Thanks Michele - I'm a male 53 yrs in the UK - I ate some raw shiitake whilst making a mushroom omelette (Sunday) and began to react after 24 hours - rash on neck,face, hands - Wednesday went to GP (family physician) and given oral prednisone 28 tabs of 5mg - 30mg OD until all tabs used up - The rash is composed of raised red papules that are arranged in lines like scratch marks. I also had a reaction in my mouth - Dr said get to emergency room (a and e) if I was struggling with breathing . I'll probably avoid shiitake once this settles . I think this is pretty unusual in the UK so Dr couldn't be too sure - anyhow hope this doesn't last too long - Tim

August 14, 2014 - 2:48am
Michele Blacksberg RN HERWriter (reply to Anonymous)

Glad you received medical attention early.  Hopefully the short run of steroids will help. 


take care,


August 14, 2014 - 4:59am
EmpowHER Guest

I'm an Australian who ate almost half a cup of raw shiitakes. I have come down with shiitake dermatitis and it is everywhere! Hair, neck, back, stomach, buttocks, groin area, legs, arms - no-where has been spared! Antihistamines simply do not work! One week later and it seems to be spreading rather than getting better! I am going to get some Calamine lotion after reading one readers post but doctors seem to have no idea how to treat this and there is little literature about it.

July 14, 2014 - 6:09pm
Michele Blacksberg RN HERWriter (reply to Anonymous)

I don't know how you can find someone who knows more.  It sounds like you might need a short run of oral steroids if it is getting worse. 

Is there an allergist you can make an appointment with? That would be the type of doctor experienced with these kind of reactions.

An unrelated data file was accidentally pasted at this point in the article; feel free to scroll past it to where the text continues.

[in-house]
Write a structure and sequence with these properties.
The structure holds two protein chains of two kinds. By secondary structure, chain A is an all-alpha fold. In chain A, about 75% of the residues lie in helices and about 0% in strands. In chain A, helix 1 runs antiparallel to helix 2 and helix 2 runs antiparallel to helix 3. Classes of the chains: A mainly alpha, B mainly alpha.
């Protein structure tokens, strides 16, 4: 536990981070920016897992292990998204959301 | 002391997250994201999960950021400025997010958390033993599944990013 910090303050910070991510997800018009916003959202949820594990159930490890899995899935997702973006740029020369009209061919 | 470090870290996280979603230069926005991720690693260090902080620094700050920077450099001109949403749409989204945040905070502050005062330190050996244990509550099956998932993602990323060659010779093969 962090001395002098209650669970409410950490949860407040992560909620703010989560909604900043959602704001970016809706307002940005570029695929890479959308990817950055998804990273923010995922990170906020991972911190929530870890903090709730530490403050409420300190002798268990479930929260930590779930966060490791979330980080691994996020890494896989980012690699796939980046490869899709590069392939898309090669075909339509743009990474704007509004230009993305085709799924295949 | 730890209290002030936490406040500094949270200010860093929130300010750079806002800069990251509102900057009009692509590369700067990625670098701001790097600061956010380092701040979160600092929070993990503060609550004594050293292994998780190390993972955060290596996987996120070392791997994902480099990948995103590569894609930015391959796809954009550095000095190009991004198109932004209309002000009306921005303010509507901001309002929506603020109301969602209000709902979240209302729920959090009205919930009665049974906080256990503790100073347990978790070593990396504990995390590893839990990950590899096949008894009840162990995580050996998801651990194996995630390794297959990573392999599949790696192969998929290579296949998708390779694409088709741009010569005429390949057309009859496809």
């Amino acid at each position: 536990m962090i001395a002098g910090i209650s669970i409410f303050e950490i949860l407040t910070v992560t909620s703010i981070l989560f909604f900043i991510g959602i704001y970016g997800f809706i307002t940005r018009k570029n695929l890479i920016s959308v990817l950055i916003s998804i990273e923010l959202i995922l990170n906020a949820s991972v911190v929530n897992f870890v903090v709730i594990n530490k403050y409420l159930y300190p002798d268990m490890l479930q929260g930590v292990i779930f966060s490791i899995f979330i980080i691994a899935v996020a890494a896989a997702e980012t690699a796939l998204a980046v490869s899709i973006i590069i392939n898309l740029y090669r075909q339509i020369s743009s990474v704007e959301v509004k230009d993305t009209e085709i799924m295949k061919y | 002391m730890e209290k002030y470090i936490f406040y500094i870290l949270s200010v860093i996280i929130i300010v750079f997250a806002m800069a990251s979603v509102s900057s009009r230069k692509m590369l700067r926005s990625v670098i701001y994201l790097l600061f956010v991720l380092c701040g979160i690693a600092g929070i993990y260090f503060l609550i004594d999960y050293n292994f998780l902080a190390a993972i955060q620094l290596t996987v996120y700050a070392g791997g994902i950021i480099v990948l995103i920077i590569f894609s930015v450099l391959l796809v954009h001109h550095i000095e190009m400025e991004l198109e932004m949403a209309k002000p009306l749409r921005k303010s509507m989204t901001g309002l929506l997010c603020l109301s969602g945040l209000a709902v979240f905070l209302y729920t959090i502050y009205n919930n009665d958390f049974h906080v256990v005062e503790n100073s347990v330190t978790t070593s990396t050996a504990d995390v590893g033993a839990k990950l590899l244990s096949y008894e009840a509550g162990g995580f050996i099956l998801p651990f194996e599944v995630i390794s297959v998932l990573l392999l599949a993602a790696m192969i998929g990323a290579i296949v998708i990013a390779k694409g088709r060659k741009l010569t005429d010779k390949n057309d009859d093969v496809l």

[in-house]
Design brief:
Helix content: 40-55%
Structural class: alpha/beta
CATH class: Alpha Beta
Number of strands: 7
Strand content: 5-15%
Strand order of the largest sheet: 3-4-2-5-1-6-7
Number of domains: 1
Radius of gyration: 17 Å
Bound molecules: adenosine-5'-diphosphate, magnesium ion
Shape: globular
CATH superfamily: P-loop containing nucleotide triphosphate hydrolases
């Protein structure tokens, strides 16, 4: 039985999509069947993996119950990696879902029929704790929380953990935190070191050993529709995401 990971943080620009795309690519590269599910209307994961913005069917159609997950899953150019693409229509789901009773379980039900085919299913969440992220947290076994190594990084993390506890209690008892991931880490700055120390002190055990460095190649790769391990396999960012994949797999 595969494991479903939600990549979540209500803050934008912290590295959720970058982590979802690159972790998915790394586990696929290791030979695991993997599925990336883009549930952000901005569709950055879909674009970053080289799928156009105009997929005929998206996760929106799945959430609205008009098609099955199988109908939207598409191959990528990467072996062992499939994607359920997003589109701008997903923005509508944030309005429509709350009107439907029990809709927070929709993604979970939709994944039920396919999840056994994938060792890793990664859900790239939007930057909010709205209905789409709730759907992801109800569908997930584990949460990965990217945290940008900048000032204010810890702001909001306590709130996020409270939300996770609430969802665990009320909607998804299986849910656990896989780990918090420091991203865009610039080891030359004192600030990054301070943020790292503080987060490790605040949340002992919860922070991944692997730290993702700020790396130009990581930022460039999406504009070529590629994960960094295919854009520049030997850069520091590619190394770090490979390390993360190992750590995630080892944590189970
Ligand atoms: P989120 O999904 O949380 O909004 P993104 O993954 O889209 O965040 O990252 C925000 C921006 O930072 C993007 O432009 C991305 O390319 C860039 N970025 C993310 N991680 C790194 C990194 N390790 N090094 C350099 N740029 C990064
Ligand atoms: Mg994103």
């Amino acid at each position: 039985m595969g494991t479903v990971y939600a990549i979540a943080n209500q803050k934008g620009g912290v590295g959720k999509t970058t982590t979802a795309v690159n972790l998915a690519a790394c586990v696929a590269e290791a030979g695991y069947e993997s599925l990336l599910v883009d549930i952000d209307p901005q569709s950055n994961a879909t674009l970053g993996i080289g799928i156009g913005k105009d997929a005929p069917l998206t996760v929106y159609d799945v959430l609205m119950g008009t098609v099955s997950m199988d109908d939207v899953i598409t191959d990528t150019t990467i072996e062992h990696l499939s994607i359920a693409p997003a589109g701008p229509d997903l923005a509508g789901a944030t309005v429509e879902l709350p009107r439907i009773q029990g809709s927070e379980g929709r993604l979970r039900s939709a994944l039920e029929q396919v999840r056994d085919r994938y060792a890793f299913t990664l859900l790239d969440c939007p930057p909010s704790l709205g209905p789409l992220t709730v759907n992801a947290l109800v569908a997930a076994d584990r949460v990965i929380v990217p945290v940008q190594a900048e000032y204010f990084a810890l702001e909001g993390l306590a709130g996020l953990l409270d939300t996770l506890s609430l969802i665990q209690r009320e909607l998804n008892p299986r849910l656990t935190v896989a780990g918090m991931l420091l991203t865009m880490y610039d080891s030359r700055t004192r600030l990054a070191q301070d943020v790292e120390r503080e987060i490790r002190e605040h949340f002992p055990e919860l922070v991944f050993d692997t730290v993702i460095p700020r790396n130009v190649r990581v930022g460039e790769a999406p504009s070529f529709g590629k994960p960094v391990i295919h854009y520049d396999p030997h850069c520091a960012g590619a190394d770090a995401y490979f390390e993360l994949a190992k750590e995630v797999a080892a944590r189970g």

Hope it settles down soon.


July 14, 2014 - 7:32pm
EmpowHER Guest
Anonymous (reply to Michele Blacksberg RN)

Apparently, this is NOT an allergic rash per se, but a toxic reaction to a protein, so cortisone and benadryl are not very helpful. Literature suggests that it usually clears up in two weeks. As always, be on watch for severe type symptoms, i.e. difficulty breathing, irregular heart beat/rate, etc. but these are unlikely. Also, scabies will show up with a very similar rash. Best to see a dermatologist for an accurate dx.

Kevin C. RN

January 22, 2015 - 4:49pm
EmpowHER Guest
Anonymous (reply to Michele Blacksberg RN)

Thank you both, I was told to take antihistamines by my doctor but will go back!! Thank you, again.

July 14, 2014 - 8:34pm
Leighandra Shenk (reply to Anonymous)

Sadly, you're probably just going to have to let it take its course. I suffered from this 2 years ago and I can remember how miserable I was like it was yesterday. Hot showers worked best for me. Good luck to ya!

July 14, 2014 - 6:34pm
EmpowHER Guest
Anonymous (reply to Leighandra Shenk)

Thank you. It just seems crazy that there isn't something that can be done to counteract it :( I've heard of it lasting up to 8 weeks!! How long until it cleared for you?

July 14, 2014 - 6:42pm
Leighandra Shenk (reply to Anonymous)

It was about 14 days. . .I won't even eat shitake mushrooms cooked! Never again.

July 14, 2014 - 6:56pm
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We value and respect our HERWriters' experiences, but everyone is different. Many of our writers are speaking from personal experience, and what's worked for them may not work for you. Their articles are not a substitute for medical advice, although we hope you can gain knowledge from their insight.